Nearly a third of primary school children have seen material online that has upset them, according to a survey from CyberSafeIreland.
Most children reported their experience to a parent or trusted adult but 19 per cent said they had kept it to themselves.
The survey, conducted by the children’s online safety charity, spoke to eight to 12-year-olds ahead of Safer Internet Day on Tuesday.
Almost a quarter of those surveyed had seen something online that they wouldn’t want their parents to know about.
Some 93 per cent said they owned their own smart device and 68 per cent were active on social media, a 10 per cent increase on last year’s figure.
The findings were based on a survey of 2,300 primary school children aged between 8 and 12 in 20 schools between September and December.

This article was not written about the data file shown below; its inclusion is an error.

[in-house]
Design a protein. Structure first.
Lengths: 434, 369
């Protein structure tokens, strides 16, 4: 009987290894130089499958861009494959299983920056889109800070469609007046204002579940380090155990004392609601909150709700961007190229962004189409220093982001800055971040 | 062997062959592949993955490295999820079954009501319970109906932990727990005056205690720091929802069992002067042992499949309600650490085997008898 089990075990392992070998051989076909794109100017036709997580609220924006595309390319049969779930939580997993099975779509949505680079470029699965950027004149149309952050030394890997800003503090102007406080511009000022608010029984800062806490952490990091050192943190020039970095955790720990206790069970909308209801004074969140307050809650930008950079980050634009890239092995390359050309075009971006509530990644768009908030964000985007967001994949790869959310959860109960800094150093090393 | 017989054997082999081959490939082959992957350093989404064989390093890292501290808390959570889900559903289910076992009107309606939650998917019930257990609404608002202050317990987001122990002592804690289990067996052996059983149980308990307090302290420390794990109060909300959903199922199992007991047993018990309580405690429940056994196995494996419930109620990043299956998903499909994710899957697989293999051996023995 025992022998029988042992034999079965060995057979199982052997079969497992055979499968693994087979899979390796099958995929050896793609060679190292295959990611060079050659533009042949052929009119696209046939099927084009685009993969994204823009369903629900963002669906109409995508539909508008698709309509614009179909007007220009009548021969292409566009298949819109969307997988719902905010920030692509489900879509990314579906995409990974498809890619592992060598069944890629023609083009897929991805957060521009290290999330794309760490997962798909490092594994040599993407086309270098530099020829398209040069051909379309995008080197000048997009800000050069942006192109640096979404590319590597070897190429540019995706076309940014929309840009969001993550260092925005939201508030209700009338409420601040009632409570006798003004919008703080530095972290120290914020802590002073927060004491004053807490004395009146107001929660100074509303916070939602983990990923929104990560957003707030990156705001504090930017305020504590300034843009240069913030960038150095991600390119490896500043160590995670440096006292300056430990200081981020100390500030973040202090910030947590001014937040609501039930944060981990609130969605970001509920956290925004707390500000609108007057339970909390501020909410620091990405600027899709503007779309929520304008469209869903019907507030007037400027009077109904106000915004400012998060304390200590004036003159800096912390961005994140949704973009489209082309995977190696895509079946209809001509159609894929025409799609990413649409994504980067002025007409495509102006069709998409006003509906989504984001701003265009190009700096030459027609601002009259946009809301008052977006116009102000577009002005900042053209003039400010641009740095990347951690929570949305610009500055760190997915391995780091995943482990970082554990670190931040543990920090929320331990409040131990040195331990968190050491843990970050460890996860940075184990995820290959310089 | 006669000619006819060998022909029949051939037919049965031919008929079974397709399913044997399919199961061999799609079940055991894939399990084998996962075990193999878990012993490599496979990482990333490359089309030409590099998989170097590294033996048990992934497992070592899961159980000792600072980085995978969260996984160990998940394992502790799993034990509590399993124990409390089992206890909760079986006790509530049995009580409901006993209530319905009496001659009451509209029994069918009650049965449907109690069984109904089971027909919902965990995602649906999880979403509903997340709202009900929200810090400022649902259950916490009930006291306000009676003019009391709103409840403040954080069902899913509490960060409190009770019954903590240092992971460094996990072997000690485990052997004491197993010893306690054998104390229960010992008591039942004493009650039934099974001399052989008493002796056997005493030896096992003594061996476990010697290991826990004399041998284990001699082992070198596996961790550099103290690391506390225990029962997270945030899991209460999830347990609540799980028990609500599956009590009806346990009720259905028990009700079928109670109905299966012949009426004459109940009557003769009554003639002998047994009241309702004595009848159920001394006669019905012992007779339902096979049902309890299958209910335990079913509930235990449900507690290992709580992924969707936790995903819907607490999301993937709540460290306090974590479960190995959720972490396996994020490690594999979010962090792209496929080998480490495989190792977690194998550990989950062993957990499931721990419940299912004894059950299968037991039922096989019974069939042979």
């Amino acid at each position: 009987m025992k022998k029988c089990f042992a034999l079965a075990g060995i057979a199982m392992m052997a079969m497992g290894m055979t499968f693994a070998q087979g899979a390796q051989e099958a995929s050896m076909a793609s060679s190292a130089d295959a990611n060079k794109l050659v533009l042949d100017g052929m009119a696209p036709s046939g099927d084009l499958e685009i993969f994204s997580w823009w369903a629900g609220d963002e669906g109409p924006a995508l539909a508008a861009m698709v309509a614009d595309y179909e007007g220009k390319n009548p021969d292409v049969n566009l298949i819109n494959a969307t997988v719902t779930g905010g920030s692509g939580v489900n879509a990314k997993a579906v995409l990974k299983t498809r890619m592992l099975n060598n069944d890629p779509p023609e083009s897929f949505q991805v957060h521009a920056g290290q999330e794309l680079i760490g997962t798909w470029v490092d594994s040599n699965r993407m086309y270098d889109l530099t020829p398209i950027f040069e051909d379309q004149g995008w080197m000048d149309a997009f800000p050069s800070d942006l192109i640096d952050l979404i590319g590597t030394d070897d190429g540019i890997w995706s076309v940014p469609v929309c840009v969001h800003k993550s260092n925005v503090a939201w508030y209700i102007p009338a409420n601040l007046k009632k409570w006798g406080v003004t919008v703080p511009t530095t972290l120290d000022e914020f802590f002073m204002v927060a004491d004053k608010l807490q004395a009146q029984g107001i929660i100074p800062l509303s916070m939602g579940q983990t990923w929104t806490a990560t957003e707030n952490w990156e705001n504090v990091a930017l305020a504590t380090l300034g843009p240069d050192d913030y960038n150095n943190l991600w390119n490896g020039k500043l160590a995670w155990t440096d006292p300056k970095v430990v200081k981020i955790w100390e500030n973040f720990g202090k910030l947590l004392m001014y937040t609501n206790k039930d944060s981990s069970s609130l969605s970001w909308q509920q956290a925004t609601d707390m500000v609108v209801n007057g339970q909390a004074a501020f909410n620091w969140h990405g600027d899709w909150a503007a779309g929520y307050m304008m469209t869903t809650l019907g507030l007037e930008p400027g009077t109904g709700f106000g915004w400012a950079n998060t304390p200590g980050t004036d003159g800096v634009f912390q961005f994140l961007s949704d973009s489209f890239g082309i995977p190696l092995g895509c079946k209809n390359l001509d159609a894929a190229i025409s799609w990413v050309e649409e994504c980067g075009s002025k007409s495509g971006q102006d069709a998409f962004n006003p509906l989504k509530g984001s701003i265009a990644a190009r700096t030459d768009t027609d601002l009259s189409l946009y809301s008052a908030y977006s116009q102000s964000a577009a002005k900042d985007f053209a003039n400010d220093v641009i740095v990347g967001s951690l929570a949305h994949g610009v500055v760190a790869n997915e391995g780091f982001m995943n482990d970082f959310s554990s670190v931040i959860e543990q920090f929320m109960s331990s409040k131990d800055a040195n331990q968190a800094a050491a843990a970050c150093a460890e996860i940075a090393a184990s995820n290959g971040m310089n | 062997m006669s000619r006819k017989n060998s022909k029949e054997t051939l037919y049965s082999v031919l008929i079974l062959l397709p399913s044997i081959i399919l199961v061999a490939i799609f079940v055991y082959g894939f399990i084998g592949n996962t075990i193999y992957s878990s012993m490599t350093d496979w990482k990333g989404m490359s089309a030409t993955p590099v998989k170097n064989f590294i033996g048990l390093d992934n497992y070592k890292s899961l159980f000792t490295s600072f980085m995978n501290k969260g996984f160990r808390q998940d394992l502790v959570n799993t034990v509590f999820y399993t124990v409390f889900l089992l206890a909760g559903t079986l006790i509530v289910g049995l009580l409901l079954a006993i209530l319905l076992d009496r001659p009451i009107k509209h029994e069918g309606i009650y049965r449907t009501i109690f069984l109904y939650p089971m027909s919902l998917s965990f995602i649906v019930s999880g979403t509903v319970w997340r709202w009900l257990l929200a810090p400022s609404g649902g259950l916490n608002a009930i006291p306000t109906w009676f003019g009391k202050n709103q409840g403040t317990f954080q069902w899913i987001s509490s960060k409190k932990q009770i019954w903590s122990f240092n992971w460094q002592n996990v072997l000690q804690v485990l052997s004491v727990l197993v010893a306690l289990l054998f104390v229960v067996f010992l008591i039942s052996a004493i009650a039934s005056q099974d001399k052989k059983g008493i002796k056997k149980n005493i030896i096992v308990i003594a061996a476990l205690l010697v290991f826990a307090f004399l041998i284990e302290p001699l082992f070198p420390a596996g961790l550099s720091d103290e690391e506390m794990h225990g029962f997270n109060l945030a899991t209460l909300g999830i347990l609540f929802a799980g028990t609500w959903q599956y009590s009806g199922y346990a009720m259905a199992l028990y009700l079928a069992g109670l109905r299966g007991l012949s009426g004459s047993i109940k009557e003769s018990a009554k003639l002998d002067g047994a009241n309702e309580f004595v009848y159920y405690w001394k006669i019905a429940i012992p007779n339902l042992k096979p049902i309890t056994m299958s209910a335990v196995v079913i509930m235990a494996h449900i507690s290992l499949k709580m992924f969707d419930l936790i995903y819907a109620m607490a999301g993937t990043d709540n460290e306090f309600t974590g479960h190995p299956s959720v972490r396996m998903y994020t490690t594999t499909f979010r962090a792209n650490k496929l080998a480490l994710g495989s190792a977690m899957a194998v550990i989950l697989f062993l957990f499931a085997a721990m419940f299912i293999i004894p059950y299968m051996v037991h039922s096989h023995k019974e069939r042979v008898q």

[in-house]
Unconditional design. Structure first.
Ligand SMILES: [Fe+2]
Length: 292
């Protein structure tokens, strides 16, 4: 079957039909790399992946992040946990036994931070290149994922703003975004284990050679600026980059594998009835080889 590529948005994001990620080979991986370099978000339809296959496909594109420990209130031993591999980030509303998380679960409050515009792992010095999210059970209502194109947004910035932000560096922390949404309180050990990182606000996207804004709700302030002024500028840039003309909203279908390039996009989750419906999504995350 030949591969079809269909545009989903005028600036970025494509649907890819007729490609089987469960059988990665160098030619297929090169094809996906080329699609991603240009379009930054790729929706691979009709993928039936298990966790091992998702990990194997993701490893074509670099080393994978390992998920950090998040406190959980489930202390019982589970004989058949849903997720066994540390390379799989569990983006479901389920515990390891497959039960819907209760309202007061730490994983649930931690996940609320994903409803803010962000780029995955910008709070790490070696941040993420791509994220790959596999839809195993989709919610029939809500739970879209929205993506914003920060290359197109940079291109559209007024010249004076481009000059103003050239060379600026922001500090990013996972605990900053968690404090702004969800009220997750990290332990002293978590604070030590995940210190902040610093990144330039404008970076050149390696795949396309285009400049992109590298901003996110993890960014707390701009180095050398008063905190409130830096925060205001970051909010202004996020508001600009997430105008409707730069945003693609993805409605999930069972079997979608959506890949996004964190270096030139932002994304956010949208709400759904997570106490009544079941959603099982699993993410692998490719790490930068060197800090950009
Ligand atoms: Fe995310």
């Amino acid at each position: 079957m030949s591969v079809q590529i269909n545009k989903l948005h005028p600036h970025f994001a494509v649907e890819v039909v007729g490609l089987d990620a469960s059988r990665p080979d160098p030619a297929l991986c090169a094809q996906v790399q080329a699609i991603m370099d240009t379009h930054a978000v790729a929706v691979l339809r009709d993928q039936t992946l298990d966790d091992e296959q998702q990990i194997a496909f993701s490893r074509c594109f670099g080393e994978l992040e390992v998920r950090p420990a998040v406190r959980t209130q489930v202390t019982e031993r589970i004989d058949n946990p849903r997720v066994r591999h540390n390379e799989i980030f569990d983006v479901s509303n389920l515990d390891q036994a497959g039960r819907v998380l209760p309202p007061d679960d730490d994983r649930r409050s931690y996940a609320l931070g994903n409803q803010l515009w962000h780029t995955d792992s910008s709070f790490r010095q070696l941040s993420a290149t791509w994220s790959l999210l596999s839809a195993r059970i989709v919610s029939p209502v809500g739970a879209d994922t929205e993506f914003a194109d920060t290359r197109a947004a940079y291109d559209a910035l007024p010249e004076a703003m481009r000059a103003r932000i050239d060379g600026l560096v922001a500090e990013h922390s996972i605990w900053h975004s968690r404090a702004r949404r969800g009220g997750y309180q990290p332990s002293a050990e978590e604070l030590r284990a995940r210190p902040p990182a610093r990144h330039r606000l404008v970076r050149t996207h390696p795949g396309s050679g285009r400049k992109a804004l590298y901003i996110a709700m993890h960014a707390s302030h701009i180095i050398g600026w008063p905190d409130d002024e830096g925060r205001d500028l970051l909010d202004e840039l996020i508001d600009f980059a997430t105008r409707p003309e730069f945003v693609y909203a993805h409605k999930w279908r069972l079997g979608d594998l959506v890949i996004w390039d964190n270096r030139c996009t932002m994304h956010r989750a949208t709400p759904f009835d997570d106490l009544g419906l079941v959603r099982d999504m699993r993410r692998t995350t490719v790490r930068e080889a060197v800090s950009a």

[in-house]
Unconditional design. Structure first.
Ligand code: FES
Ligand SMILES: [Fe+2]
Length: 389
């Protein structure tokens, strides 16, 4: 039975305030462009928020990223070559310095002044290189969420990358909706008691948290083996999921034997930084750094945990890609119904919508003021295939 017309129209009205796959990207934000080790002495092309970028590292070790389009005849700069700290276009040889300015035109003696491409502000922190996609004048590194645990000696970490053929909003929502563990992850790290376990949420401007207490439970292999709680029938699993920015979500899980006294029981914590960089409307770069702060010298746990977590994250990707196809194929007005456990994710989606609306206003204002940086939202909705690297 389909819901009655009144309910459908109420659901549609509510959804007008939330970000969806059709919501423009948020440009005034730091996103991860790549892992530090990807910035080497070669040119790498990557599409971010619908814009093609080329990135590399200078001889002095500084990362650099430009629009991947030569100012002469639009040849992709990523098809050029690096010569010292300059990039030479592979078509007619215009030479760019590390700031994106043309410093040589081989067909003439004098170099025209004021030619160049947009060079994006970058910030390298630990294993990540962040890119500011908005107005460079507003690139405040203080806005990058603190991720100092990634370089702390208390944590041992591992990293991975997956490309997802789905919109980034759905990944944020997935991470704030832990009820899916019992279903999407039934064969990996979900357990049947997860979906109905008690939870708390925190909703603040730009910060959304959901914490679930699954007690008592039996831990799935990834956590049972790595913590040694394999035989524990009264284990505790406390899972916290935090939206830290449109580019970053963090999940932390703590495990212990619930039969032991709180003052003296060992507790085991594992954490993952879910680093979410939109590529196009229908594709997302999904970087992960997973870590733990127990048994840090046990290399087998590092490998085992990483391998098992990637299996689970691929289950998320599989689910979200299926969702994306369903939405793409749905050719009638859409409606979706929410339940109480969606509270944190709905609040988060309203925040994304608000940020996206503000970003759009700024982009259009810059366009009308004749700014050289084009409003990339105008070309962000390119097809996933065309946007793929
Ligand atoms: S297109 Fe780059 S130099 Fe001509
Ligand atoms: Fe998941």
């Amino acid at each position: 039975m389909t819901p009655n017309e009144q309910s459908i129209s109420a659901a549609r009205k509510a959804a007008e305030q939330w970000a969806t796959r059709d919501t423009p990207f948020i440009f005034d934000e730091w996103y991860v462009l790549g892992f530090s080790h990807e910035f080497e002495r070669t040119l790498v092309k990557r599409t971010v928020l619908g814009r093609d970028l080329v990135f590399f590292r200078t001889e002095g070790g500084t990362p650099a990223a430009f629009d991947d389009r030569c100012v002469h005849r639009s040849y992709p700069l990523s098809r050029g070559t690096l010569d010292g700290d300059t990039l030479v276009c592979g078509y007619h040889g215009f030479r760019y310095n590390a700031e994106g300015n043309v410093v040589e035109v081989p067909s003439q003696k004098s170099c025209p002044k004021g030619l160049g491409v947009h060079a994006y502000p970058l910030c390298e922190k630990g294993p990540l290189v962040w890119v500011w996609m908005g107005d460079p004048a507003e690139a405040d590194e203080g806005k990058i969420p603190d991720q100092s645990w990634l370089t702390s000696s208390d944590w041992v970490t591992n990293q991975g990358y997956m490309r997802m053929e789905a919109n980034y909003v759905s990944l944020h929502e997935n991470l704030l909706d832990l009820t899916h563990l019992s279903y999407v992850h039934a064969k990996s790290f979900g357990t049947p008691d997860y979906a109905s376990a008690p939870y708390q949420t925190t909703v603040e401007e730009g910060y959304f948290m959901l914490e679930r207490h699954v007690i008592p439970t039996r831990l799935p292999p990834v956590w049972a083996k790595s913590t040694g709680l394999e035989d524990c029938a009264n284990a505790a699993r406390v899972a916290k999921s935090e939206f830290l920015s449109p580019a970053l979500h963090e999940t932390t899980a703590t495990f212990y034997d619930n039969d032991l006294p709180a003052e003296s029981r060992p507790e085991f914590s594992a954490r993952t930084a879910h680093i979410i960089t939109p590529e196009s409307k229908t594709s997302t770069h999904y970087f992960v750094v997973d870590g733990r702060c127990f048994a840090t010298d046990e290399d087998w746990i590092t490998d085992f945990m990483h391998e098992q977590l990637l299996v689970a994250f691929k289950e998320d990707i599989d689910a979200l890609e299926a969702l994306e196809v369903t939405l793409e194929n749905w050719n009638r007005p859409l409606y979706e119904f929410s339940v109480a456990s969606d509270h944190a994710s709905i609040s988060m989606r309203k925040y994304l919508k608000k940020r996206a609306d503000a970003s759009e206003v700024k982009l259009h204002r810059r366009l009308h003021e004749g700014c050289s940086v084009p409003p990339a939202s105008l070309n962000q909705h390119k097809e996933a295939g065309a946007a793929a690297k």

Alex Cooney, chief executive of CyberSafeIreland said the fact that a third of children have been upset by material encountered online should be "a wake-up call to whoever emerges in Government after the general election that we must get to grips with children's internet use and access".
“There have been plenty of encouraging promises made in parties’ election manifestos, but the proof of their commitment will be seeing these translated into a Programme for Government with clear action points and timelines to both protect and empower our children in the online world.”
CyberSafeIreland is marking Safer Internet Day 2020 by launching two new videos made by sixth -class students from St Kevin's National School, Sallynoggin, designed to encourage discussions in the classroom around healthy use of technology.